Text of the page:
Joey’s Big Adventure

 

Tristan adopted an Eclectus Parrot named Joey which turned out to be a rescue. Joey, who is probably around 9 years old, had been left in a house that one of Tristan’s friends moved into. The bird apparently had not ever had its beak trimmed and there was nothing in its cage for it to chew on to keep its beak trimmed back, so its beak had grown out so long that it was rubbing the feathers off Joey’s chest. Joey’s beak would have punctured his sternum and killed him if it had been left untrimmed much longer. The feathers on his head look good, but the rest of his feathers are scraggly and rough because he couldn’t groom himself with his long beak. He also hadn’t bathed himself or been bathed in who knows how long, so he smelled bad as well. Tristan called the vet on our way back to her house with Joey, and fortunately they had an opening within an hour, so we drove straight over to PetsMart and got Joey a new cage and lots of chew toys before taking him to the vet.

Joey was very well-behaved in the carrier as we drove around. He imitated noises from video games and gave us an occasional squawk. It didn’t take long after we got into PetsMart for people to start noticing him making cute noises. He squawked loudly at the sight of dogs, which really got the attention of the other shoppers. Once we got to the vet, Tristan turned the carrier around so the door was against the back of the bench so Joey wouldn’t react to the dogs in the waiting area. He would peek at me through the holes in the carrier, but when I first tried to photograph him peeking at me, he would back away to the other end of the carrier and then come back up and peak at me again with on eye, back off and peak at me again with the other eye. I finally got some photos of him peeking at me, but it was like a game to him.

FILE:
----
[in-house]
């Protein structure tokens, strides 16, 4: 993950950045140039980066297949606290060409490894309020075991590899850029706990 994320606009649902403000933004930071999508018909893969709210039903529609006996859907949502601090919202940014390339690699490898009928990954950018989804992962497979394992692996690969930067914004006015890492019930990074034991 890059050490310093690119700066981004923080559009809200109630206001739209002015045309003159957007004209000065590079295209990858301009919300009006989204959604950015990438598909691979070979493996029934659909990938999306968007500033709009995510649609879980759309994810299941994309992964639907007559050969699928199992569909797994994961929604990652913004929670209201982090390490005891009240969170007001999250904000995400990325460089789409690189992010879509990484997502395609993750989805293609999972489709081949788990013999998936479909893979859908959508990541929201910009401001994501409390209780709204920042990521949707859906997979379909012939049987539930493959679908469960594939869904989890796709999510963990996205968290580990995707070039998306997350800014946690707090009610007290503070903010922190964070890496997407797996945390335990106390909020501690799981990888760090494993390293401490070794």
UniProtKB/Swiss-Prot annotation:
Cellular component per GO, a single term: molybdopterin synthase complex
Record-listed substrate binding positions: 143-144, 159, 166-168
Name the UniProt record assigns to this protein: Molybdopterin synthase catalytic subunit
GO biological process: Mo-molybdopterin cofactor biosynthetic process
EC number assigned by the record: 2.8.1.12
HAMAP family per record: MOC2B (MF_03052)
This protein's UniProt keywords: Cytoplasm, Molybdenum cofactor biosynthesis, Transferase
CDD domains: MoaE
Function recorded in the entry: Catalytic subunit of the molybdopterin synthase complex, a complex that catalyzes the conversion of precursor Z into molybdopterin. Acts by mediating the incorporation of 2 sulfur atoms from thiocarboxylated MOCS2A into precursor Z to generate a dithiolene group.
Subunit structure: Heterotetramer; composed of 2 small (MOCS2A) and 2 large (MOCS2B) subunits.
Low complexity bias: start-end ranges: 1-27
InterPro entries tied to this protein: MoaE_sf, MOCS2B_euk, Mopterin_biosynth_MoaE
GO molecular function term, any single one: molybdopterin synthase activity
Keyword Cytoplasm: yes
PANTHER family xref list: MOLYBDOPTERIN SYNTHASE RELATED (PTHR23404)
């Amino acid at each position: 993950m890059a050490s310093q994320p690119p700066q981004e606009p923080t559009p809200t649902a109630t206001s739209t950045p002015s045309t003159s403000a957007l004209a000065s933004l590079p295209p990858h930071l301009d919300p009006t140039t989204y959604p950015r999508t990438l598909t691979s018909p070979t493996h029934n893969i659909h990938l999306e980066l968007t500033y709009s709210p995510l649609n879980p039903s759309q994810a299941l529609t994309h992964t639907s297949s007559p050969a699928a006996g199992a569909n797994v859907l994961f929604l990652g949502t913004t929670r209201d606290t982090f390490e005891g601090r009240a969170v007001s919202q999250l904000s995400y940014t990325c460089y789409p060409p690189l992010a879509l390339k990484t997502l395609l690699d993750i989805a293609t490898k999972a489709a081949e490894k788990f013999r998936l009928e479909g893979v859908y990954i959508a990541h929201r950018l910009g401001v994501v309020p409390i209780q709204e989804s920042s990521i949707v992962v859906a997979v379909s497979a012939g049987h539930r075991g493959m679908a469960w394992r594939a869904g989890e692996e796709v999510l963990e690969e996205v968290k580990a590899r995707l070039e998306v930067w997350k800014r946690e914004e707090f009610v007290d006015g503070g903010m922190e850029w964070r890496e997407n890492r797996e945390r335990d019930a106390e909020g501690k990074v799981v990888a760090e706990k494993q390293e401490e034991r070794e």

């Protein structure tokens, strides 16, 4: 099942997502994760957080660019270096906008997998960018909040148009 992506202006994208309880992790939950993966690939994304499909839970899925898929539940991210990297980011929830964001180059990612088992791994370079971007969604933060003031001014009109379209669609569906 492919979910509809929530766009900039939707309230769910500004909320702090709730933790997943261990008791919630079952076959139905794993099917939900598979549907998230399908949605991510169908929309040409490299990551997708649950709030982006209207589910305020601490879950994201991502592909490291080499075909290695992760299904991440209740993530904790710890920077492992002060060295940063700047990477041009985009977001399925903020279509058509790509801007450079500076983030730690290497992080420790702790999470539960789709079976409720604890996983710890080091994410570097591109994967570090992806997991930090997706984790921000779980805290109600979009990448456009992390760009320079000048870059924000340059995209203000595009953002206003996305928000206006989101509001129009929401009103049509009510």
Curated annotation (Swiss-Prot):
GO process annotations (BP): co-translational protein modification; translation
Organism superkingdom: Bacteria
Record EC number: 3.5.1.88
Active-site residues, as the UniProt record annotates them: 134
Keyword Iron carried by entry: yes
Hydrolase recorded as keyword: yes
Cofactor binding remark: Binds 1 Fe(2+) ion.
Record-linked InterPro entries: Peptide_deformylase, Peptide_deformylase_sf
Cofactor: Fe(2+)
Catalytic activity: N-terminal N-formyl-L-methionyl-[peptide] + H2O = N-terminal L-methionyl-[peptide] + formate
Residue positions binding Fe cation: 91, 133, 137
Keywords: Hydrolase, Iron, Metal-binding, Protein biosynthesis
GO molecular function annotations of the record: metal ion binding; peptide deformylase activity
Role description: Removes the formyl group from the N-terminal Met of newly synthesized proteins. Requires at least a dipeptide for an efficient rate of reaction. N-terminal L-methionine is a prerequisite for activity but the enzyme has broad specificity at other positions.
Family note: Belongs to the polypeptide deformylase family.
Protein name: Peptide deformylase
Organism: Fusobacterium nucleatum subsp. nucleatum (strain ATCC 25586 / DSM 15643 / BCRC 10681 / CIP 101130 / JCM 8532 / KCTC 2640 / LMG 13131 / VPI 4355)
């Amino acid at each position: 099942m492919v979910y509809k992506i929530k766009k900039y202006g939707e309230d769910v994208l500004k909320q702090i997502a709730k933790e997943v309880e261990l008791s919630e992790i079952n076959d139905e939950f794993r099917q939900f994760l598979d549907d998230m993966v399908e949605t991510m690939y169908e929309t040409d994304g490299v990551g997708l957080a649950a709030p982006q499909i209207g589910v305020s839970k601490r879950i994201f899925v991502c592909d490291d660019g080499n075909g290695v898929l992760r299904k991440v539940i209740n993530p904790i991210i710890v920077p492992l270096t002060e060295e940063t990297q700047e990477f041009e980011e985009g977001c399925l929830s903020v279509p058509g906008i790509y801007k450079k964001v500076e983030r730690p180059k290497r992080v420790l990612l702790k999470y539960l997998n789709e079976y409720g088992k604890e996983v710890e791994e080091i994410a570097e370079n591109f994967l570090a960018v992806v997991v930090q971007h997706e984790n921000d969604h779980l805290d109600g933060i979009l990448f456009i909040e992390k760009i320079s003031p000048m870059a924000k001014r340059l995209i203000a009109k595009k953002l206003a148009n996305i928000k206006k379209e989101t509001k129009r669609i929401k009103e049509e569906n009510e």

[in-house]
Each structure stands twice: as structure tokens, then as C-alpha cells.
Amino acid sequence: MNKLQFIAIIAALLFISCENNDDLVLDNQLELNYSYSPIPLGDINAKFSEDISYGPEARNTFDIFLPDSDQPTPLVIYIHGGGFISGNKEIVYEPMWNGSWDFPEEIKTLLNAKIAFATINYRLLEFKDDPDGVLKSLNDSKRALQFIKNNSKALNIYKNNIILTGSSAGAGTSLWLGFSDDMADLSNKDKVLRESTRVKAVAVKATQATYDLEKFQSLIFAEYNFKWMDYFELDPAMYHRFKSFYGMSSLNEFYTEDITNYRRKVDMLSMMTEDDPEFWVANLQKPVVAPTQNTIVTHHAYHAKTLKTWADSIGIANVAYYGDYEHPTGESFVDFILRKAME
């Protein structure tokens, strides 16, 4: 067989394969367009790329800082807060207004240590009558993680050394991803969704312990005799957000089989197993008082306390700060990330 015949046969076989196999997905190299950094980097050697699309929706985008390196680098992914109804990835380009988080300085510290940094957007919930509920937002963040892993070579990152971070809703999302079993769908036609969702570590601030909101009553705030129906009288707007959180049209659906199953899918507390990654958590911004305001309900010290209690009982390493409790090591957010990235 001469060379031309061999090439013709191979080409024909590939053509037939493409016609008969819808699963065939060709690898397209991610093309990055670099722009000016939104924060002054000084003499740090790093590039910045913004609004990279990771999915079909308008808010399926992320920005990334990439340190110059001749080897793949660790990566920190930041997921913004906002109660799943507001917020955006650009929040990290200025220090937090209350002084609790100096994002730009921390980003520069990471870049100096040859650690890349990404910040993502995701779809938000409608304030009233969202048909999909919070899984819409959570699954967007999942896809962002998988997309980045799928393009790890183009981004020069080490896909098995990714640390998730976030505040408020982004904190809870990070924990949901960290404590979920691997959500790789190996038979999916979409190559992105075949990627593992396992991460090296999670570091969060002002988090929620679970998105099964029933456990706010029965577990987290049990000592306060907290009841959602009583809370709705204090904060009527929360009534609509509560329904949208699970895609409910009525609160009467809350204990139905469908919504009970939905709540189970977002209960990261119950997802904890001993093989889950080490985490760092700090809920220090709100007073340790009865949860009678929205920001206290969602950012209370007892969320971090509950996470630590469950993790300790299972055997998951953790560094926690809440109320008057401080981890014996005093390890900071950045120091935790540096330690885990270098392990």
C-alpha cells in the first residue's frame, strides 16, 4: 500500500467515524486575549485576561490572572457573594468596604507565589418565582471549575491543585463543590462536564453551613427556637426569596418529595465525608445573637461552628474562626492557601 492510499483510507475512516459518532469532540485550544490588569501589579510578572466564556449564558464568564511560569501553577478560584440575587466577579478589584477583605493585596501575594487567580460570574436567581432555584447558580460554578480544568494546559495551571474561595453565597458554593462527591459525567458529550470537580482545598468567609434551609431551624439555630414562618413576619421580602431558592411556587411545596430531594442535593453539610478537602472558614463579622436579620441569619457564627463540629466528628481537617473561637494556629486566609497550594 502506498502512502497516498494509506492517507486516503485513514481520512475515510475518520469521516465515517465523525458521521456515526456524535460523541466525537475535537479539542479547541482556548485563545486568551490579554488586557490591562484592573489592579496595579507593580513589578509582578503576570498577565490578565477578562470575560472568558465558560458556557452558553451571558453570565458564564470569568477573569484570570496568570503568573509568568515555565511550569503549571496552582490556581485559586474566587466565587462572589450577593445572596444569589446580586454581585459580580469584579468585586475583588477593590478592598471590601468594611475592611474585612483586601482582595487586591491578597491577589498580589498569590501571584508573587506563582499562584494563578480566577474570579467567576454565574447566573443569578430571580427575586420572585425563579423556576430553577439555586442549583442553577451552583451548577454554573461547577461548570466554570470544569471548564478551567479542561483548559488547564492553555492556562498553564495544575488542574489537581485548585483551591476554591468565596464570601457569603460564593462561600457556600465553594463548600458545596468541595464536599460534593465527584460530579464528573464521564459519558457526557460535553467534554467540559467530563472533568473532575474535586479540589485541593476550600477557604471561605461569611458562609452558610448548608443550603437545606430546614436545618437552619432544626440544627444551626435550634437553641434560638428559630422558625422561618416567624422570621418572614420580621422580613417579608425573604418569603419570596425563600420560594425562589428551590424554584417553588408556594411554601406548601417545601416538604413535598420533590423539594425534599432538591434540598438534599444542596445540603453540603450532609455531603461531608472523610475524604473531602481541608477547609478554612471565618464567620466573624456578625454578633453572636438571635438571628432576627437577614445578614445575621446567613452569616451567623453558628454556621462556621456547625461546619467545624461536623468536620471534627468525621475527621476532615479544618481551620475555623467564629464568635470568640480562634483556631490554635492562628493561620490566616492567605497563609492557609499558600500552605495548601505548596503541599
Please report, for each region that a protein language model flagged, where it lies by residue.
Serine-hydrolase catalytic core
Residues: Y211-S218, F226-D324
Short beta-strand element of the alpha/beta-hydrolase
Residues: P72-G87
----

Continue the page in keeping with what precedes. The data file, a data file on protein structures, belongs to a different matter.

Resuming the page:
His next adventure was his absolute refusal to get in the basket so the Vet-tech could weigh him in the exam room. He got on Tristan’s shoulder, then I got him on my arm, but when we got the basket near him, he ran upon my shoulder, then ran back and forth from one shoulder to the other ducking the Vet-tech. Then he got onto Tristan’s arm and climbed up and took refuse on her shoulder until the Vet came in. The Vet stood there in shock for an instance and then said she had never seen a beak that had grown out that long before. As we gave the Vet as many details as we had learned about Joey in the hour we had him, he sat on Tristan’s shoulder and groomed her until he tore off her pesky glasses that were getting in his way. The Vet got him wrapped in a towel and took him back to trim his beak and draw blood so they could test him for communicable diseases. When the Vet-tech brought him back in to us with his newly trimmed beak, Joey was happily chewing on the towel, something he hadn’t been able to do for most of his life.

He was pretty traumatized, and rode home in total silence, looking tired and worn out from his big adventure.  When we got him home, he sat on a roost and posed proudly for me showing off his newly trimmed beak, then he watched me put his new cage together. As he watched Tristan and I fill his new cage up with things to climb on and lots of toys to play with and chew on, he started making cute noises again. When we put him in the cage he first checked out the water dish, and then started messing with the food. At first he turned his head sideways to compensate for a long beak, then he discovered he could pick up the food without cocking his head and started happily rooting around in the mixture of seeds, nuts and bird crackers able to eat normally for the first time in many years.